The 1980 Briggs & Stratton Hybrid concept car development costs were relatively low. The $250,000 cost was similar to what it cost other manufacturers to create hybrid concept cars. But the 1980 Briggs & Stratton Hybrid concept car incorporated some novel twists. Its gas engine, for instance, was a small 18-horsepower air-cooled twin that B&S had just introduced and wanted to showcase.
Then there was the chassis. Project engineer Bob Harkness, who was also vice-president of B&S research and development, saved time and money with the prototype by starting with a six-wheel platform from a small delivery van made by Marathon Electric Vehicles of Quebec, Canada.
Only the forward pair of rear wheels was driven; the ones behind were a "trailer" for almost 1,000 pounds of batteries, located just below a shallow luggage hold. These 12 batteries powered a small eight-horsepower Baldor electric motor that was coupled to the up-front gas engine via a Borg-Warner "Duo-Cam" automatic clutch. This arrangement allowed the powerplants to be used alone or in tandem (as selected by a simple dash-board knob), but there was no provision for "on-the-fly" charging.
Power was taken rearward via a conventional four-speed manual transmission from a Ford Pinto, which also donated drive axle, rack-and-pinion steering gear, and steering column.
Harkness liked the six-wheeler concept because it allowed a hindmost-wheel design whereby a depleted battery pack could be rolled right out and a freshly charged one rolled in. But besides resolving this and other practical engineering issues, Briggs & Stratton wanted its hybrid to deliver maximum mileage in any power mode without looking like an economy car.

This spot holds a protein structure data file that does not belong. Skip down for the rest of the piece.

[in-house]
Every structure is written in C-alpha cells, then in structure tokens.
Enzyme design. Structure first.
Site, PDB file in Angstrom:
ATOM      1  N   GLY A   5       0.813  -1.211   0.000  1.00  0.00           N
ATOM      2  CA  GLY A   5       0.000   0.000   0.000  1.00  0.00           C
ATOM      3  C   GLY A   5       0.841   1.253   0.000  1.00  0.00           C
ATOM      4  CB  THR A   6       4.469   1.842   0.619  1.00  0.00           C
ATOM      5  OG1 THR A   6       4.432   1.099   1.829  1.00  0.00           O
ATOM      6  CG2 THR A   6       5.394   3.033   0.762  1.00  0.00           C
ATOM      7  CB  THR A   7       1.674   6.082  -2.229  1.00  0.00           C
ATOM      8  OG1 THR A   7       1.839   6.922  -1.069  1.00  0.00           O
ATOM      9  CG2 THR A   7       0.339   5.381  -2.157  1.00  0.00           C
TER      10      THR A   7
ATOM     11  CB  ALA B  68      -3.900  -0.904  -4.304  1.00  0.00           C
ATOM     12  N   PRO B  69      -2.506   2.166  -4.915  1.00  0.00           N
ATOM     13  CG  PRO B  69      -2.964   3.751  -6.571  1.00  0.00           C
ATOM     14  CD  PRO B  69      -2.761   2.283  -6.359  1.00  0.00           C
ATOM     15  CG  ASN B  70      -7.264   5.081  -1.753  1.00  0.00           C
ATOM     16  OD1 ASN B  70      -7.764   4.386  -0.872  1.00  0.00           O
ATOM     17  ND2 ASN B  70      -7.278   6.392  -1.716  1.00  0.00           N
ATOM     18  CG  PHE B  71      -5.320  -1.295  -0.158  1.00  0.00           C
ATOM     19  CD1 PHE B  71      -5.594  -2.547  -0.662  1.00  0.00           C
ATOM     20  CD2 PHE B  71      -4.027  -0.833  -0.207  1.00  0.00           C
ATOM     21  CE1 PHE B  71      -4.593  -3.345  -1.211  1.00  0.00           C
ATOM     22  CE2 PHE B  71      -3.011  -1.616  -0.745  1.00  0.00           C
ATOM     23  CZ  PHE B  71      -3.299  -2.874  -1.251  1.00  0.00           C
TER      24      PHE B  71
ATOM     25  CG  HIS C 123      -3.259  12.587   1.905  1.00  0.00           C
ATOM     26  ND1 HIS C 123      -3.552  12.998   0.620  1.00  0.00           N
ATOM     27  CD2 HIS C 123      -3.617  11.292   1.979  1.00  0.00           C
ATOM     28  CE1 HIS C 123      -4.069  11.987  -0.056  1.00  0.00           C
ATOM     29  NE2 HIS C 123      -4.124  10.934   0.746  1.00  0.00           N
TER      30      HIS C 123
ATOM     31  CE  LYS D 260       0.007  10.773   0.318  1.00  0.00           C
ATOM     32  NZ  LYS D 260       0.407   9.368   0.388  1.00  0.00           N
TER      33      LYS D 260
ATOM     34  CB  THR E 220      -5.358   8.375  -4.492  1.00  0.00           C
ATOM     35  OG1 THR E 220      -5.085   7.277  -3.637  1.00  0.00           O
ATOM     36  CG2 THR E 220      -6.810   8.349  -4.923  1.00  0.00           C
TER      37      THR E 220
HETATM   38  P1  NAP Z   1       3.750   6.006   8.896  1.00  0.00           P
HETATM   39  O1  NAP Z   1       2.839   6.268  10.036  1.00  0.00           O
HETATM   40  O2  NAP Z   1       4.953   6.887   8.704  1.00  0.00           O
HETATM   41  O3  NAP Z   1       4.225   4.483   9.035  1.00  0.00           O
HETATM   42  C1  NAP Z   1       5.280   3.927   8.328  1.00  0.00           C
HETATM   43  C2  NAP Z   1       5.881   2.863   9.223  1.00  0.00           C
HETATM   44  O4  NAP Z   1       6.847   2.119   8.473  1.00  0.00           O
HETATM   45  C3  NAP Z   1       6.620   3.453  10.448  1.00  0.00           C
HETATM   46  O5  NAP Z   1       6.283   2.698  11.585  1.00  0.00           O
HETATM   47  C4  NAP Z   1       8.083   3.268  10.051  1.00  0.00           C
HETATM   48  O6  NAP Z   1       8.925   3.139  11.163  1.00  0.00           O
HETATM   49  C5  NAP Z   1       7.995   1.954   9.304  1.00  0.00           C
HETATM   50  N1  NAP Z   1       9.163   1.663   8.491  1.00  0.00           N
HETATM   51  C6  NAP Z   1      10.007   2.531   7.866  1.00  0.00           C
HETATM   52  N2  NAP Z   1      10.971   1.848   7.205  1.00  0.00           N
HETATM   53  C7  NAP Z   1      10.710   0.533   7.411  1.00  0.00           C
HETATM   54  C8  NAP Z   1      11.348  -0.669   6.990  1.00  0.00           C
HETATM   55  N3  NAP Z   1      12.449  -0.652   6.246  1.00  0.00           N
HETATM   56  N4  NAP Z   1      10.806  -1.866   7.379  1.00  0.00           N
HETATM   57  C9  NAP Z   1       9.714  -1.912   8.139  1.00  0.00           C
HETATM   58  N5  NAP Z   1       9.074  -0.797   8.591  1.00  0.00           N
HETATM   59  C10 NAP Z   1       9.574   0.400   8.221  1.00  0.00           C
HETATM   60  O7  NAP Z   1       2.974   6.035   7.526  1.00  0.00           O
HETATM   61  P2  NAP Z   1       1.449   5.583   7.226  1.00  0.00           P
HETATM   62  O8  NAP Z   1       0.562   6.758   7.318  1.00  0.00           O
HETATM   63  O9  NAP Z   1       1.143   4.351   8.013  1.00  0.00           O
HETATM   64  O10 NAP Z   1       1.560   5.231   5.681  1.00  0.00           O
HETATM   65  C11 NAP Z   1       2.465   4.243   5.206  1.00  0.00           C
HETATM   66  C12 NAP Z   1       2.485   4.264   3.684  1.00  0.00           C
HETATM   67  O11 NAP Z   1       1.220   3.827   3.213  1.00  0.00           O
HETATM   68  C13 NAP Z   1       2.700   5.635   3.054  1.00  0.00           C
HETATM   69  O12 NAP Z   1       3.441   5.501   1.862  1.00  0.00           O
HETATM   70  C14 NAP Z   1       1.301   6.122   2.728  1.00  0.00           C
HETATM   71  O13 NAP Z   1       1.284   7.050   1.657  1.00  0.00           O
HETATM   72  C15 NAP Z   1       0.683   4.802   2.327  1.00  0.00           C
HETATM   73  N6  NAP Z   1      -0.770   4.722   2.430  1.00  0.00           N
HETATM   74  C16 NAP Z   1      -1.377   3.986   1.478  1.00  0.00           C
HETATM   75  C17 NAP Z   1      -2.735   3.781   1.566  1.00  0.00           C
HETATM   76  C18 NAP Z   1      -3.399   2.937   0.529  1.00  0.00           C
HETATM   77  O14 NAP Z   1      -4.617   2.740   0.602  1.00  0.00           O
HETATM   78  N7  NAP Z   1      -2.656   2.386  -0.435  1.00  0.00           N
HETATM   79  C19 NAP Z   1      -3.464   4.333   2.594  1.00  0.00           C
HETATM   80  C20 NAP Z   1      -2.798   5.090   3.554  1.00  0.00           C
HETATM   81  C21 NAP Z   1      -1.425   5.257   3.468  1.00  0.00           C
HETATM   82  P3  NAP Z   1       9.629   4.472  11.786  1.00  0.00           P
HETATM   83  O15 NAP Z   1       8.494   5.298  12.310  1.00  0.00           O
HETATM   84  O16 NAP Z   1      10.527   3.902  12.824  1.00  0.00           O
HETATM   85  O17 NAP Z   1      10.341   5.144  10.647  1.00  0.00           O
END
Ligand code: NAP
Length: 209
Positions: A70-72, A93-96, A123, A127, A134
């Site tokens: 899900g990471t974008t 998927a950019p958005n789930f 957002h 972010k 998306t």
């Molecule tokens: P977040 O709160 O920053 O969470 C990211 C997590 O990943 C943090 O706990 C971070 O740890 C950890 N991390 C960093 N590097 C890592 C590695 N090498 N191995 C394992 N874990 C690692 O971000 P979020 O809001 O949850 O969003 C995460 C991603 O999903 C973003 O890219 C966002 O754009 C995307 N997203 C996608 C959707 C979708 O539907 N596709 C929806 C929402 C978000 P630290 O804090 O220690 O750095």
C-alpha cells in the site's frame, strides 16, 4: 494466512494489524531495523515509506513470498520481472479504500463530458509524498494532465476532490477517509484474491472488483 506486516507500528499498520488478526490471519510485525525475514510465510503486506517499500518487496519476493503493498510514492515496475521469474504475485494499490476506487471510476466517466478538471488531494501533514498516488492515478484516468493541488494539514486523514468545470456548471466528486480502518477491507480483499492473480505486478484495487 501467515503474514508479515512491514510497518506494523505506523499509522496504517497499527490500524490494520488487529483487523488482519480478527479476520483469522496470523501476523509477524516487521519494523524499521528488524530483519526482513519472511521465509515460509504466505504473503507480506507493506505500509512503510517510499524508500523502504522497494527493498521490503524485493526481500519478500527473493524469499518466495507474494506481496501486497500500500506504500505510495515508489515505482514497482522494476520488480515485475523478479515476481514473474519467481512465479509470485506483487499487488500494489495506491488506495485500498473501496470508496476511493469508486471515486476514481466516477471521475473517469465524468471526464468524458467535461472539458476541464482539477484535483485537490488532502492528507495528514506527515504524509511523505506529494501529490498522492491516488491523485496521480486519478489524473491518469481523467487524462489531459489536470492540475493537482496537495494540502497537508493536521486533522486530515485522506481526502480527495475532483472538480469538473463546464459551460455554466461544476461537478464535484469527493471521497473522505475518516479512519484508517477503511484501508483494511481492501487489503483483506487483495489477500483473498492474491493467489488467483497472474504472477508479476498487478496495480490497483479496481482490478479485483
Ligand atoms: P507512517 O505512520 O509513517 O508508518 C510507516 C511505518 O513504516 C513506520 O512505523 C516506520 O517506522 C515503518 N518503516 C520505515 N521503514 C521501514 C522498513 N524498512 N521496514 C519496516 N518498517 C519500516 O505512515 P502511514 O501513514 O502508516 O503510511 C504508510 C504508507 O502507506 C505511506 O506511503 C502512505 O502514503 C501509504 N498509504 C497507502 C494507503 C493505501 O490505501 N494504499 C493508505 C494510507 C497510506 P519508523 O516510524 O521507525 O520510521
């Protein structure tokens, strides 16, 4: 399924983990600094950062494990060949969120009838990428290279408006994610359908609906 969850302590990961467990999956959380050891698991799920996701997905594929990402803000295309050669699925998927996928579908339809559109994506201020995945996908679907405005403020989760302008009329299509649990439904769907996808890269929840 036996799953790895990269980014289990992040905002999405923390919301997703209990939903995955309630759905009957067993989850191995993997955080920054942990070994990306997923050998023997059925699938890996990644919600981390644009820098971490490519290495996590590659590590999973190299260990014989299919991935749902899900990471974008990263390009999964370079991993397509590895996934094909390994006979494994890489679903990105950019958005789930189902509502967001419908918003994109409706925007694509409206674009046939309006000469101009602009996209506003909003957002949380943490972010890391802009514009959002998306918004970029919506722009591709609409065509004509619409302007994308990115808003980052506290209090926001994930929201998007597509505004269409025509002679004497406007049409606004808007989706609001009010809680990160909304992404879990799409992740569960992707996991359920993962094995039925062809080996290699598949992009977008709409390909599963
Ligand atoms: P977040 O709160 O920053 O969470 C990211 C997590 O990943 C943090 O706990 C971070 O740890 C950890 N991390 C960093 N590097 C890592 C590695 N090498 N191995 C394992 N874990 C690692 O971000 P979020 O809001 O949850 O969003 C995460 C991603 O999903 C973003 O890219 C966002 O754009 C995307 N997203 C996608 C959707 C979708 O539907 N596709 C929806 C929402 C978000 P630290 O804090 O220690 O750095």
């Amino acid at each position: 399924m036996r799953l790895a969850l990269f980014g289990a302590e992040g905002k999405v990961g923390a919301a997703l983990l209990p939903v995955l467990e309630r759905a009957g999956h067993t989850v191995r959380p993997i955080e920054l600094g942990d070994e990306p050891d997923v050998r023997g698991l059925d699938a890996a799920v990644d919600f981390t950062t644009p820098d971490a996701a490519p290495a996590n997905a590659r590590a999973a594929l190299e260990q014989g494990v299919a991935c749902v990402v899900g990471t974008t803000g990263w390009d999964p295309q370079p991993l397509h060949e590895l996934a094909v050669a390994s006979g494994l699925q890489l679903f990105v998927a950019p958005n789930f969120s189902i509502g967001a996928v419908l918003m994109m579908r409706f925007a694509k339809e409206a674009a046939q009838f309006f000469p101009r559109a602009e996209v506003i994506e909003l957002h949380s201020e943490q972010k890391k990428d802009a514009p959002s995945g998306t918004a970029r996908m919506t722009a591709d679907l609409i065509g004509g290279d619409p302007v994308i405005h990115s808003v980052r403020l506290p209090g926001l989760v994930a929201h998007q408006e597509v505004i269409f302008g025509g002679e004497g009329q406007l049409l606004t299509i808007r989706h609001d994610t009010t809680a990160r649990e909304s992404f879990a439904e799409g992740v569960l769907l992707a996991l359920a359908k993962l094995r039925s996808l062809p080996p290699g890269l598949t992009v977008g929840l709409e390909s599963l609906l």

Styling for the 1980 Briggs & Stratton Hybrid was entrusted to Kip Stevens, son of famous Milwaukee-based designer Brooks Stevens of Excalibur fame. The result was indeed stylish despite the inherent awkwardness of the six-wheel chassis.
Taking the windshield and dashboard of an early Volkswagen Scirocco, Kip crafted a sporty hatchback coupe in the contemporary vein with a jazzy interior featuring four-spoke steering wheel, trip computer, and genuine Recaro buckets.
There was also a rear seat, upholstered to match the fronts, but the slim hard bench afforded scant room because of the bulky battery pack behind and a tidy wheelbase of only 86 inches to the drive axle (a more generous 112 to the third).
To help compensate for battery mass, Stevens rendered the body in fire-retardant fiberglass. For the same reason, interior panels were made of light but strong Alucobond laminate, and all "glass" save the windshield was actually DuPont SAR (super-abrasion-resistant) Lucite.
Curb weight thus ended up at a reasonable 3,200 pounds, and Stevens minimized any visual heaviness by finishing the lower third of the body in slimming black, the rest in bright yellow.
But could it move? And move fast? See the next section for details on Hybrid performance.